When Good Words Get Freaky

When Good Words Get Freaky

The most effective business writing is rooted in clarity. It stands out by blending in to the background, allowing the reader to focus on the ideas being conveyed instead of the grammar, wording and syntax. It’s effortless to consume and easy to understand. With one exception—the tagline. Because sometimes . . . good words get freaky.

Taglines are, by definition, a mass of contradictions within the business writing arena. They are supposed to be memorable, emotional and powerful. In fact, the best taglines often run afoul of the rules of basic business writing.

Ignoring the Rules for Fun and Profit!

There are thousands of taglines in the world, many of which vary greatly in their goals, their execution and their effectiveness. Here are some of the basic rules for business writing, and the legendary taglines that ignore them to achieve great creative impact.

RULE: Effective business writing strives to blend in.
TAGLINE CONTRADICTION: A good tagline strives to stand out.

• HARLEY DAVIDSON— American by birth. Rebel by choice.
• NICORETTE—Makes quitting suck less.
• GREY POUPON—Pardon me, do you have any Grey Poupon?

RULE: Effective business writing follows the basic rules of grammar, wording and syntax.
TAGLINE CONTRADICTION: A good tagline need not adhere to common rules of writing (or even spelling).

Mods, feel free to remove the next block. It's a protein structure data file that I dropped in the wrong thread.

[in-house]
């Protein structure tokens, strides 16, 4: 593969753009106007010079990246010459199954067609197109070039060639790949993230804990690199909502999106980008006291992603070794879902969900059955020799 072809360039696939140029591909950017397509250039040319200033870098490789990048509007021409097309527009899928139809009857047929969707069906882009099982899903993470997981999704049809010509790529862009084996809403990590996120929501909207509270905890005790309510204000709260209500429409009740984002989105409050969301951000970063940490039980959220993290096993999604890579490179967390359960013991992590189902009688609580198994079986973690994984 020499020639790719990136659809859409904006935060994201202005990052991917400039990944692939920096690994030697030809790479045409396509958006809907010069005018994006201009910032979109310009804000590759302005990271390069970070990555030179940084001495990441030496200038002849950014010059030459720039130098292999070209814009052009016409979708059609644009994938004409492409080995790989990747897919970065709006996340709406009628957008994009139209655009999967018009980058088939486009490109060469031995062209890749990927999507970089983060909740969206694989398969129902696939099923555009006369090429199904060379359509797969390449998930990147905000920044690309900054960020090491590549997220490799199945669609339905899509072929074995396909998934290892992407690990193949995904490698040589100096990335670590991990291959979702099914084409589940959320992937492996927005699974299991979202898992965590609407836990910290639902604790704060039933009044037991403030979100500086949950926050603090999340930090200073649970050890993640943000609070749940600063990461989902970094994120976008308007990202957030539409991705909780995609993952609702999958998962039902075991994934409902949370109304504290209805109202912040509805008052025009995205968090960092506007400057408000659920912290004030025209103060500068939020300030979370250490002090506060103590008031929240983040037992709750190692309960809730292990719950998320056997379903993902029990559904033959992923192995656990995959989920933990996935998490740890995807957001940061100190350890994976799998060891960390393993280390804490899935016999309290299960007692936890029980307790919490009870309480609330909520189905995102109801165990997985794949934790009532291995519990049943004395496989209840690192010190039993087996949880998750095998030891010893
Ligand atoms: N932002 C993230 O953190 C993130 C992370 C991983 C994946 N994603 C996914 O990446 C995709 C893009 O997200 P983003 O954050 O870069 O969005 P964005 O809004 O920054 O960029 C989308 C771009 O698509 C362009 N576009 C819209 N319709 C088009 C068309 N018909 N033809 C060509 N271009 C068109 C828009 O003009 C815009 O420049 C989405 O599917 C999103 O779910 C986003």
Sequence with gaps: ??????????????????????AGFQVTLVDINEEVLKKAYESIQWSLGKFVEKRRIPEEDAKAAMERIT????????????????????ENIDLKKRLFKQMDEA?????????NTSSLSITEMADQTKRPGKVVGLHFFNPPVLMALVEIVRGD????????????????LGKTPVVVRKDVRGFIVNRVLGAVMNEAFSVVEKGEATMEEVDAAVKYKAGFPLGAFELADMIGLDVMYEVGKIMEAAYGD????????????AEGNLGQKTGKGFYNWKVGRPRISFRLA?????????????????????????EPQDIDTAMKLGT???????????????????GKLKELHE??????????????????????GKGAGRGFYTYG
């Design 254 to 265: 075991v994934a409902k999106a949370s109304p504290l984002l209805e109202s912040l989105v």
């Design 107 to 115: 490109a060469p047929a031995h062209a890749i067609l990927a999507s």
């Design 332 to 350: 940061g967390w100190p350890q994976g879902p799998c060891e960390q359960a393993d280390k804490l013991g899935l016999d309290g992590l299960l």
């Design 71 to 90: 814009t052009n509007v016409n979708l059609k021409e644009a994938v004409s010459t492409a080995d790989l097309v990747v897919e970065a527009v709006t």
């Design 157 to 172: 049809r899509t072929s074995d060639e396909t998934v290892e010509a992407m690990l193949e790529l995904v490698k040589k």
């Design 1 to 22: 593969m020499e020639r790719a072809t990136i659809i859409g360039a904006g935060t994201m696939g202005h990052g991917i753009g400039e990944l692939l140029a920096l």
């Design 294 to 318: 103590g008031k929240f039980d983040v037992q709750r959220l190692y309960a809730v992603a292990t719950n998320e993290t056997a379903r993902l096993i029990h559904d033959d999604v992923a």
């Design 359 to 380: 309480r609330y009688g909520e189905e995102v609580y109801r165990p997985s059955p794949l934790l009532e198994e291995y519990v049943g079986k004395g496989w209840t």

• LAS VEGAS—What Happens in Vegas, Stays in Vegas.
• CALIFORNIA MILK PROCESSOR BOARD—Got Milk?
• CAMPBELL’S SOUP—M’m! M’m! Good!
• BOUNTY—The Quicker Picker Upper

RULE: Effective business writing is rooted in clarity
TAGLINE CONTRADICTION: A good tagline can use ambiguity to make a point.
• GILLETTE—The Best a Man Can Get
• APPLE—Think Different
• NIKE—Just Do It
• ALKA SELTZER—I can’t believe I ate the whole thing

RULE: Effective business writing is succinct.
TAGLINE CONTRADICTION: Longer taglines can stand out
• MASTERCARD—There are some things money can’t buy, for everything else there’s MasterCard.
• SMITH BARNEY—We make money the old-fashioned way. We earn it.
• M&Ms—The milk chocolate melts in your mouth, not in your hands.
• FED EX—When it absolutely, positively has to be there overnight.

The takeaway is this: don’t be afraid to infuse a little creativity in your tagline. Unlike most of the tenets of sound business writing, your tagline can be big, bold, quirky, maybe even a little crazy. In other words, think different.